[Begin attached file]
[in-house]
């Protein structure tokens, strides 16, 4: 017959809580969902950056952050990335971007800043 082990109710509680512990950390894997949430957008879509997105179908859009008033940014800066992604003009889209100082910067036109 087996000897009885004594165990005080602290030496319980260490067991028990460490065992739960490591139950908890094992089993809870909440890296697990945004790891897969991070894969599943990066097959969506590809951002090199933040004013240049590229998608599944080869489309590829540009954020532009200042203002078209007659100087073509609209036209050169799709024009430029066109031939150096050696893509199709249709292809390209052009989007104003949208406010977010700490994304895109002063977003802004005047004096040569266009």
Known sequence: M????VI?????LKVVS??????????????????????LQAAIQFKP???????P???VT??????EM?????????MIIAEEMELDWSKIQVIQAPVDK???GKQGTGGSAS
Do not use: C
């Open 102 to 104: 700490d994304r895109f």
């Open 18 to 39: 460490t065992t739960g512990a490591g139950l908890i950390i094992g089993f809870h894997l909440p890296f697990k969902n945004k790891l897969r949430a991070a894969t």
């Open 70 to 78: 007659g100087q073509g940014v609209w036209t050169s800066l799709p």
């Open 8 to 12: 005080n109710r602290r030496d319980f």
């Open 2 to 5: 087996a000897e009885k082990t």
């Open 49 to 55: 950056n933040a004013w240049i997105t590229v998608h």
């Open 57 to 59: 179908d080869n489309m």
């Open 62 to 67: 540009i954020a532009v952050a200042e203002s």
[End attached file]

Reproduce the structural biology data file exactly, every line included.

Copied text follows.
[in-house]
């Protein structure tokens, strides 16, 4: 017959809580969902950056952050990335971007800043 082990109710509680512990950390894997949430957008879509997105179908859009008033940014800066992604003009889209100082910067036109 087996000897009885004594165990005080602290030496319980260490067991028990460490065992739960490591139950908890094992089993809870909440890296697990945004790891897969991070894969599943990066097959969506590809951002090199933040004013240049590229998608599944080869489309590829540009954020532009200042203002078209007659100087073509609209036209050169799709024009430029066109031939150096050696893509199709249709292809390209052009989007104003949208406010977010700490994304895109002063977003802004005047004096040569266009």
Known sequence: M????VI?????LKVVS??????????????????????LQAAIQFKP???????P???VT??????EM?????????MIIAEEMELDWSKIQVIQAPVDK???GKQGTGGSAS
Do not use: C
């Open 102 to 104: 700490d994304r895109f």
């Open 18 to 39: 460490t065992t739960g512990a490591g139950l908890i950390i094992g089993f809870h894997l909440p890296f697990k969902n945004k790891l897969r949430a991070a894969t």
């Open 70 to 78: 007659g100087q073509g940014v609209w036209t050169s800066l799709p």
């Open 8 to 12: 005080n109710r602290r030496d319980f």
């Open 2 to 5: 087996a000897e009885k082990t």
């Open 49 to 55: 950056n933040a004013w240049i997105t590229v998608h």
């Open 57 to 59: 179908d080869n489309m």
């Open 62 to 67: 540009i954020a532009v952050a200042e203002s």